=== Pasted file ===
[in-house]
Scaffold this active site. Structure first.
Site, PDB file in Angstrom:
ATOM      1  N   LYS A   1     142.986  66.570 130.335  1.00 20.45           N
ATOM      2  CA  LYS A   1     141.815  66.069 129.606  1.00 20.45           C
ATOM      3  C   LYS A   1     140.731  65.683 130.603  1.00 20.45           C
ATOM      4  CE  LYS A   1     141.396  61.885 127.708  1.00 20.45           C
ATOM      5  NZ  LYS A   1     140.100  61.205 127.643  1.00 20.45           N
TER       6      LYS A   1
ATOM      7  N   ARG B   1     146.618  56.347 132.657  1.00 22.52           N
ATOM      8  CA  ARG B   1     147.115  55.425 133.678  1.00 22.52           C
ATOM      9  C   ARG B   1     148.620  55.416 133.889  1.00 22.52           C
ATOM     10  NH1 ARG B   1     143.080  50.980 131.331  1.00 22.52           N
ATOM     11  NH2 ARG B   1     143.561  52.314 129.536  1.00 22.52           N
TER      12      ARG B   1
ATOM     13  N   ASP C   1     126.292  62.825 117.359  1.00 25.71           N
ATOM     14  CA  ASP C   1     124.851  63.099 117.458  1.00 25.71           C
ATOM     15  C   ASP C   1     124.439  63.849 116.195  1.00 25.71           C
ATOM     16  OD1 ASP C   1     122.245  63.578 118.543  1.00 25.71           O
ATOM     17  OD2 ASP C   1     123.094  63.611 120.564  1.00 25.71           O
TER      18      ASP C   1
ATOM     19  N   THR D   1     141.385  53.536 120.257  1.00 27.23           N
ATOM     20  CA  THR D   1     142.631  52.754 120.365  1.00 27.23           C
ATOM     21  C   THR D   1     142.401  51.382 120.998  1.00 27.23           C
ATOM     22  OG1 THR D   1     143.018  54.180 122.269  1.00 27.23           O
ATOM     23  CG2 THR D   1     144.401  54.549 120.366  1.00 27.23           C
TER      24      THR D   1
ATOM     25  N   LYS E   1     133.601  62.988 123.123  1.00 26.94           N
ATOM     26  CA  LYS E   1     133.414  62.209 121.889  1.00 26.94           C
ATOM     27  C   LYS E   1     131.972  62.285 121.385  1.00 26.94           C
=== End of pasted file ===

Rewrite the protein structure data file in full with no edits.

[in-house]
Scaffold this active site. Structure first.
Site, PDB file in Angstrom:
ATOM      1  N   LYS A   1     142.986  66.570 130.335  1.00 20.45           N
ATOM      2  CA  LYS A   1     141.815  66.069 129.606  1.00 20.45           C
ATOM      3  C   LYS A   1     140.731  65.683 130.603  1.00 20.45           C
ATOM      4  CE  LYS A   1     141.396  61.885 127.708  1.00 20.45           C
ATOM      5  NZ  LYS A   1     140.100  61.205 127.643  1.00 20.45           N
TER       6      LYS A   1
ATOM      7  N   ARG B   1     146.618  56.347 132.657  1.00 22.52           N
ATOM      8  CA  ARG B   1     147.115  55.425 133.678  1.00 22.52           C
ATOM      9  C   ARG B   1     148.620  55.416 133.889  1.00 22.52           C
ATOM     10  NH1 ARG B   1     143.080  50.980 131.331  1.00 22.52           N
ATOM     11  NH2 ARG B   1     143.561  52.314 129.536  1.00 22.52           N
TER      12      ARG B   1
ATOM     13  N   ASP C   1     126.292  62.825 117.359  1.00 25.71           N
ATOM     14  CA  ASP C   1     124.851  63.099 117.458  1.00 25.71           C
ATOM     15  C   ASP C   1     124.439  63.849 116.195  1.00 25.71           C
ATOM     16  OD1 ASP C   1     122.245  63.578 118.543  1.00 25.71           O
ATOM     17  OD2 ASP C   1     123.094  63.611 120.564  1.00 25.71           O
TER      18      ASP C   1
ATOM     19  N   THR D   1     141.385  53.536 120.257  1.00 27.23           N
ATOM     20  CA  THR D   1     142.631  52.754 120.365  1.00 27.23           C
ATOM     21  C   THR D   1     142.401  51.382 120.998  1.00 27.23           C
ATOM     22  OG1 THR D   1     143.018  54.180 122.269  1.00 27.23           O
ATOM     23  CG2 THR D   1     144.401  54.549 120.366  1.00 27.23           C
TER      24      THR D   1
ATOM     25  N   LYS E   1     133.601  62.988 123.123  1.00 26.94           N
ATOM     26  CA  LYS E   1     133.414  62.209 121.889  1.00 26.94           C
ATOM     27  C   LYS E   1     131.972  62.285 121.385  1.00 26.94           C